To take a resource from the external environment into a LT. Once imbibed a resource might be consumed immediately to maintain the life of the LT or might be placed into internal storage for later consumption.
Usually an individual living thing or critter. But if we assume life-in-levels then an organization of LTs becomes more similar to an individual as that organization learns more modes of cooperation, since the organization has (internally organized) ways of choosing how to act based upon resources it can sense in its environment. Thus an organization becomes an individual, in our RPM view, an individual on a higher level.
instance of RPM
A single, given experiment performed within the assumptions of the resource-patterns model of life.
Usually takes a meaning common in English, a not-perfectly-specified meaning in which external observers believe learning has occurred when a task is adequately performed. In RPM we are particularly interested in the learning necessary for a LT or an organization of LTs to exploit a resource pattern; this learning is usually accomplished by learning choice-restricting rules. In the simplest computer-modeled critter we say that learning has occurred when, in choosing how to act in given circumstances, the critter is either: more likely to repeat an act such as acts which have brought it success before in similar circumstances; or is less likely to repeat an act which has brought failure in similar circumstances.
A level of organizational complexity. Single cellular organisms are on a fairly low level as seen from our human-self-proclaimed highest level of evolutional complexity.
life in levels, abbreviated LiL
A theory that life advances in levels. Living things on a given level (for example eukaryotic cells) are composed of smaller LTs on a lower level (prokaryotic cells) and combine to form LTs on a higher level (multi-cellular organisms, humans). RPM adds a suggestion that such level-to-level advance entails learning rules of cooperation to exploit larger-scale resource patterns. While LiL adds a dimension to RPM, LiL is not necessary for RPM to produce significant insights on problems of coordination among LTs on a given level (LTs such as humans).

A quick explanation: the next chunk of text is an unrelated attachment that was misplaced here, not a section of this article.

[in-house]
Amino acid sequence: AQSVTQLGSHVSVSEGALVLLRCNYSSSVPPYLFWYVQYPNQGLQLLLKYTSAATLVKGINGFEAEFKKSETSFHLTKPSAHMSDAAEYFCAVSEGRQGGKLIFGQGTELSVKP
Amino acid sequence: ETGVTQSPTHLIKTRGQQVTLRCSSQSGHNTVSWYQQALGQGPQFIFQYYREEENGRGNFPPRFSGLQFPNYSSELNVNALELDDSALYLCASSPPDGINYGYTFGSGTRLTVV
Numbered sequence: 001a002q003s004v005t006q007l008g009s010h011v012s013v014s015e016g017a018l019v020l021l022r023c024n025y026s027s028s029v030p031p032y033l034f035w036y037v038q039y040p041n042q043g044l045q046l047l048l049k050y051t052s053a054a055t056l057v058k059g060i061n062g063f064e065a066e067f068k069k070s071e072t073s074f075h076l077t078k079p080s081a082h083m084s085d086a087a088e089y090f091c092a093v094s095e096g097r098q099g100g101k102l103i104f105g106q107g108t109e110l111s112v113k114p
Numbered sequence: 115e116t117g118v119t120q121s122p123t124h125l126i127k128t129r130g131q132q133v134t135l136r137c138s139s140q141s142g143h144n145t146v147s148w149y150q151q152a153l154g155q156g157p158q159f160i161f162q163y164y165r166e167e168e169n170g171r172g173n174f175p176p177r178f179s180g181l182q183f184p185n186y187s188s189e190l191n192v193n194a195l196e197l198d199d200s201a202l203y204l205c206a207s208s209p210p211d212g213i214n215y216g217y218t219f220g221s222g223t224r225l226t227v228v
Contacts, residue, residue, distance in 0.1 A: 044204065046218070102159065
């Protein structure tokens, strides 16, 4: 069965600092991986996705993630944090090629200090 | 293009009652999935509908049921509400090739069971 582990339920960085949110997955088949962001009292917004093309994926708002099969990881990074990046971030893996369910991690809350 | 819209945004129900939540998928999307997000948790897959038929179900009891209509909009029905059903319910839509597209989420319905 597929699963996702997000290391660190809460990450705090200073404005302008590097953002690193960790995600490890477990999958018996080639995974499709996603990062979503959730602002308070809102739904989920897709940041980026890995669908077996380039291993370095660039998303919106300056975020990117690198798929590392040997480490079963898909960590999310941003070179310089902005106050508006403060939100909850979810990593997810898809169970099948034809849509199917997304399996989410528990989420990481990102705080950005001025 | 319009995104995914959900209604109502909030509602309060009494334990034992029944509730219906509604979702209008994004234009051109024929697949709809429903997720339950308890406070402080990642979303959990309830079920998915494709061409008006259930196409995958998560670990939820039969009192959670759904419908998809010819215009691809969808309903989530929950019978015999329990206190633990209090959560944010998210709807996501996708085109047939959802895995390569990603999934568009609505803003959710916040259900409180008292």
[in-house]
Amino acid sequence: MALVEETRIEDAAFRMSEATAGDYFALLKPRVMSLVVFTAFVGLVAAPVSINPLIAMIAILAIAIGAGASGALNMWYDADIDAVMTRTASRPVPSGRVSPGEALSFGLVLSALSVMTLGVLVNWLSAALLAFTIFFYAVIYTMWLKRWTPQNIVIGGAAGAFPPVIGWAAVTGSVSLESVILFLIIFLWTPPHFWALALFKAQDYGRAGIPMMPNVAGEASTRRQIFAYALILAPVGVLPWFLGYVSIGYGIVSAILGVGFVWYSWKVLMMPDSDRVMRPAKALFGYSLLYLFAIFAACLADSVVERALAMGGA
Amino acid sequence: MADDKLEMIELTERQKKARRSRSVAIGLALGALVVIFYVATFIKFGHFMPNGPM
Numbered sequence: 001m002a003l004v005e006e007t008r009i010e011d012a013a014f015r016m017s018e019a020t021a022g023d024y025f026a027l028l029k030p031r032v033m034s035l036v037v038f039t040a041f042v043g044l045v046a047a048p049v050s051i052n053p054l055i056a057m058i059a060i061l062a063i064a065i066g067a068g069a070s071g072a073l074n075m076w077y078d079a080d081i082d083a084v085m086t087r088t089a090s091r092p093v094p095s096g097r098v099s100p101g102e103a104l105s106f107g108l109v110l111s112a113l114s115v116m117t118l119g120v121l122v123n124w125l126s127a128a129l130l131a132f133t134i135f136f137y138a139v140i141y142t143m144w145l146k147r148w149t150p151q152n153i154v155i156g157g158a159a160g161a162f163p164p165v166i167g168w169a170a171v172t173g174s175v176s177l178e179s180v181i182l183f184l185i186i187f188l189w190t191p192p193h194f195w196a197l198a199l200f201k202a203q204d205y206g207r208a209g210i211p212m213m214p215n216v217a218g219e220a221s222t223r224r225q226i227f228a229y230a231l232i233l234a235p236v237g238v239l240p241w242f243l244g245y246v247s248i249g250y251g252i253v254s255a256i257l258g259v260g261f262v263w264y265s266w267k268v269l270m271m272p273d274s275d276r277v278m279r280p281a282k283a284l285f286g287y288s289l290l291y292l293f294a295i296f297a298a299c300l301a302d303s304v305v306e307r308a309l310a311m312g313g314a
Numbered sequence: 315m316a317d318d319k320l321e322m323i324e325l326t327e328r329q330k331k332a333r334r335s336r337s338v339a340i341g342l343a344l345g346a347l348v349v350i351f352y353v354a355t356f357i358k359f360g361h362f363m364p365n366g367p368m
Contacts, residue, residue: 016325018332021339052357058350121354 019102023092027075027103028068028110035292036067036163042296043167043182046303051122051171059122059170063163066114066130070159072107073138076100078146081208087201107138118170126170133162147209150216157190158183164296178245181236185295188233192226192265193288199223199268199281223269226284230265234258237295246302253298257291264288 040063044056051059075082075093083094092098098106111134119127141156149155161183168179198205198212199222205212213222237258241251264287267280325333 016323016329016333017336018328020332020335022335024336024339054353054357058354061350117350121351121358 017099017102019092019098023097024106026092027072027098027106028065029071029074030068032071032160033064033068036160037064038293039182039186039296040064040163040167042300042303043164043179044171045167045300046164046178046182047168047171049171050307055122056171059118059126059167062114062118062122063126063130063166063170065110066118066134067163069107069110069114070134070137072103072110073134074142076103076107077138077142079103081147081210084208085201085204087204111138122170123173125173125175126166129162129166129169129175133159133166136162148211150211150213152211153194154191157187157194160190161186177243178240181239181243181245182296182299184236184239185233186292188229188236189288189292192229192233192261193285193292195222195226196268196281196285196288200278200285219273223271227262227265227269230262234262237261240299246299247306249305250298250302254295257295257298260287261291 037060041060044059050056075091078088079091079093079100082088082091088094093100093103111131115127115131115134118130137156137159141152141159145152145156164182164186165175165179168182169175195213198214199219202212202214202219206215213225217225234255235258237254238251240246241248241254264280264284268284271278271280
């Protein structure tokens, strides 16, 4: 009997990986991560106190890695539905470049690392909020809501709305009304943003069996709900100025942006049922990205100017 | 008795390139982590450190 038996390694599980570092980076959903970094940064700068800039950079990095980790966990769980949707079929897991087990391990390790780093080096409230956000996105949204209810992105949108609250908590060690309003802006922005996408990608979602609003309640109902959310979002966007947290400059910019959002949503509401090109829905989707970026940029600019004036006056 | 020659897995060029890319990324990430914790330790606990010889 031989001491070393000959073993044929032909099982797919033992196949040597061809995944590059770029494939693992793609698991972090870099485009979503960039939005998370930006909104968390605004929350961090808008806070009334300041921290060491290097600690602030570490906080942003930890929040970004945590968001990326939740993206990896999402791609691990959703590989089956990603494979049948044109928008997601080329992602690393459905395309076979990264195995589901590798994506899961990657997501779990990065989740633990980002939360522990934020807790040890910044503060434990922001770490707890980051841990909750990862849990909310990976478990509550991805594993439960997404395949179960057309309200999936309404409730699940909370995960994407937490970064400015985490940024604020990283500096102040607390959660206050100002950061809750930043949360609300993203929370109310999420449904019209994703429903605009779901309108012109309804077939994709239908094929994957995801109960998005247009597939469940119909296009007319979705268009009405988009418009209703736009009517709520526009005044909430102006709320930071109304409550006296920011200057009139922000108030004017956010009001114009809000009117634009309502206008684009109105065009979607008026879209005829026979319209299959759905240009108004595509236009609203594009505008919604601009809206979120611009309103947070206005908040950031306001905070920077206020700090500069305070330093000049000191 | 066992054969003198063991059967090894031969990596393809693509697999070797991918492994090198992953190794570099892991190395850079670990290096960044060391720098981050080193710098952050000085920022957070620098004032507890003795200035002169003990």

line of trade, or line of exchange, line of prosperity
The arrangement of critters along a path between the two essential resources in the model of tabletop critters. In this line, into which the critters have moved themselves, the critters thrive. Compared to their forebears who lived as hunter-gatherers the critters in this line find it relatively easy to satisfy their needs for the two essential resources; they face little danger of starvation for want of one of the essential resources; they reproduce more. The line of critters succeeds because and only if the critters in the line follow rules which govern their behavior in respect to resources they can obtain.
living thing, abbreviated LT
The subject of most of our study in RPM. Living things can survive only if they obtain essential resources, and fortunately for their good we model them as existing in an environment which also contains those essential resources distributed in patterns. So the LTs can survive and even prosper if they prove capable of discerning and exploiting the patterns. LTs could be humans, and obviously have been included in RPM as placeholders for model-simplified human ambitions. A set of LTs which has learned to cooperate for mutual self benefit becomes what we conceive as an organization, and when an organization gets fancy enough it begins to look like a LT on a higher level.
One of us humans looking into or perhaps altering one of our models. This is a perspective which we humans sometimes need to see as clearly separate from, and probably “above”, the perspectives available to the agents in our models.